It has been held that the existence of a formal agency (i.e., power of attorney appointing the person alleged to have exercised undue influence) is sufficient to establish a fiduciary relationship. However, the Courts have held that such formality is not necessary and that a fiduciary relationship may exist whenever the person creating the document was in a relationship in which s/he put their trust in the person alleged to have exercised undue influence.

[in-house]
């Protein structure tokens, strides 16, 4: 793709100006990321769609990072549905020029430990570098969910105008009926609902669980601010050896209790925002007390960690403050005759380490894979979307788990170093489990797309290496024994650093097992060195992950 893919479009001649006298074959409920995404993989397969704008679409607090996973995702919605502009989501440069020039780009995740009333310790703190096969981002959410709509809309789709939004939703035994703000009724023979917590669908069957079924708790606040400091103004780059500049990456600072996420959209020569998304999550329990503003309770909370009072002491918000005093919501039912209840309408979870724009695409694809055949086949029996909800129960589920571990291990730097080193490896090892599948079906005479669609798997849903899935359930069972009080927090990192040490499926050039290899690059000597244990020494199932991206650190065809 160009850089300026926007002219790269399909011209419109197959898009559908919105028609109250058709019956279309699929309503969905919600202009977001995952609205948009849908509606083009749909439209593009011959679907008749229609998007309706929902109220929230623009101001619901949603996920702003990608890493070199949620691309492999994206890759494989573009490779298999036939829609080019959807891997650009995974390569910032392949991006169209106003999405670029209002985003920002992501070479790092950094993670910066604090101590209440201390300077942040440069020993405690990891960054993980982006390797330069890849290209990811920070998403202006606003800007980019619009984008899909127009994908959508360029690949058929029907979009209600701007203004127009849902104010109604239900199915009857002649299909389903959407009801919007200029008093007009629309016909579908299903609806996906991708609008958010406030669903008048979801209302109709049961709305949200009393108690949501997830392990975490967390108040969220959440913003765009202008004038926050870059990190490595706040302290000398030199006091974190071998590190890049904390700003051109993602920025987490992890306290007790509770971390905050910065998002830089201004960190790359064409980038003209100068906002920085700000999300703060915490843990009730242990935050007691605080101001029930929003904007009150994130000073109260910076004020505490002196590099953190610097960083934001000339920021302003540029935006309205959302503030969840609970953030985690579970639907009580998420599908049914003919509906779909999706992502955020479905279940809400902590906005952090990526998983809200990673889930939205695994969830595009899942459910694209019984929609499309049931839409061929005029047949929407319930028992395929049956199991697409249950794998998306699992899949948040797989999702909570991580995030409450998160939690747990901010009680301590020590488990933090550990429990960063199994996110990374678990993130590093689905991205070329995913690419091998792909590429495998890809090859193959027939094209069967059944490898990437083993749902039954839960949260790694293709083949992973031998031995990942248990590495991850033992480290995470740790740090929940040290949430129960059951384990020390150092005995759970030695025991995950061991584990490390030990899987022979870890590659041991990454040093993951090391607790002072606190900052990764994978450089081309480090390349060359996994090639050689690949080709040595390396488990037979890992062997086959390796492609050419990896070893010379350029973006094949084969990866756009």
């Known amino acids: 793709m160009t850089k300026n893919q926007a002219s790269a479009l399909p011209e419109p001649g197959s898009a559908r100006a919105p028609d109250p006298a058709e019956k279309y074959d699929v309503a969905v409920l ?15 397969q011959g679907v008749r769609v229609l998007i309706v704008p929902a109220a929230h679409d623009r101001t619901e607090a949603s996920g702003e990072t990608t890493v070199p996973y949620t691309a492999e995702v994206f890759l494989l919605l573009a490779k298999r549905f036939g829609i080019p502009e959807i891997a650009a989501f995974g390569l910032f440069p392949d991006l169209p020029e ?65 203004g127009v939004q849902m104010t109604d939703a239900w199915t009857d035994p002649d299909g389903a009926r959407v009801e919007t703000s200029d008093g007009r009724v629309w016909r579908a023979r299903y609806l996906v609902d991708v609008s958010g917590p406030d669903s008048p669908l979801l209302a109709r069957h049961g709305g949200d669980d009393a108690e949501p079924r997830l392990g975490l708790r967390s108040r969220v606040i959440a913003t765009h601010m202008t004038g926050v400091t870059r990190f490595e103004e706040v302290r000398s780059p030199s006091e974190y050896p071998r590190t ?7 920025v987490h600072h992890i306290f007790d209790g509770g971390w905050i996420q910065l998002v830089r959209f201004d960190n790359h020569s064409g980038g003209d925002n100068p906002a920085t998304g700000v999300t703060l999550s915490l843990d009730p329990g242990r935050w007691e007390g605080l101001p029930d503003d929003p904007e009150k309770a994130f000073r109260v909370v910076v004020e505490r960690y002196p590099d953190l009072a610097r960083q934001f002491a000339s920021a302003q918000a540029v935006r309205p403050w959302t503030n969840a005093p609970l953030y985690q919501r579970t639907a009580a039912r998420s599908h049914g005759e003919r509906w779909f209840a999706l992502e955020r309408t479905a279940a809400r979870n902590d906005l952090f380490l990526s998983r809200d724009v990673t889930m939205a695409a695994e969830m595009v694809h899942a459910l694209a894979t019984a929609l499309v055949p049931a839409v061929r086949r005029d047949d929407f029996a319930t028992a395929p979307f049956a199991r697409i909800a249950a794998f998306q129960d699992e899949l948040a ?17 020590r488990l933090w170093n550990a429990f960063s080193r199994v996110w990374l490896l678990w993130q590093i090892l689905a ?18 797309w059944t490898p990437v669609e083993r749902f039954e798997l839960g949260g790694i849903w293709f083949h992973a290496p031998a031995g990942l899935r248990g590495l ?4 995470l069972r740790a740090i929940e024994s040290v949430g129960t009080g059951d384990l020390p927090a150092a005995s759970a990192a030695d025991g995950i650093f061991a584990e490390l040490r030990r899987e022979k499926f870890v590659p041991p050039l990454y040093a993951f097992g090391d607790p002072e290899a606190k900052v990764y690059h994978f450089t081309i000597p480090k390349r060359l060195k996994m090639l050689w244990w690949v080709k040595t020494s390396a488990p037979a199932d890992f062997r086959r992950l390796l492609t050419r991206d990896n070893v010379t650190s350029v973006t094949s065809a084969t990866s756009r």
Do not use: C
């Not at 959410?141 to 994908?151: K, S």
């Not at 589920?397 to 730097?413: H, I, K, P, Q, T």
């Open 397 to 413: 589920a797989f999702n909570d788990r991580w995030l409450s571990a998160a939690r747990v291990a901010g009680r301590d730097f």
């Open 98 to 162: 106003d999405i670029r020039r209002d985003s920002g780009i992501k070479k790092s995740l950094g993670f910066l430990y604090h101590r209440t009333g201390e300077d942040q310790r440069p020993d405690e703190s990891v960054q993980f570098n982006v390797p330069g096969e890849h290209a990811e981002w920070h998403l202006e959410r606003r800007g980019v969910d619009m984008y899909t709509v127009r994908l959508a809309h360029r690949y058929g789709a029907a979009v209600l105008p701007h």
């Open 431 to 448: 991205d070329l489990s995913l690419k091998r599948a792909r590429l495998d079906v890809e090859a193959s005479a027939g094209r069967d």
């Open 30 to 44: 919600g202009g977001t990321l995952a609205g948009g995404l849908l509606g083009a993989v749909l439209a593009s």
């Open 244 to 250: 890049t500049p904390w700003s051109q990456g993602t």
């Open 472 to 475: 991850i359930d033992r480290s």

In this case the evidence of a formal fiduciary relationship (power of attorney) was imperfect. However, it appears to be acknowledged that the person alleged to have exercised undue influence did in fact help the person who created the trust and will with his finances, paying bills and other such activities. The trial court held that notwithstanding these activities, the party challenging the documents failed to establish the existence of a fiduciary relationship sufficient to give rise to the presumption. The reasoning hinges on the finding that although the one person was helping the other person with their finances, the person who created the will and trust did not rely on the judgement of the purported undue influencer – that is, they continued to exercise their own independent judgment as to these affairs and the role of the assisting party was more or less ministerial. This is significant. If this is the law, it weakens cases in which these facts are relied upon as a basis for the presumption.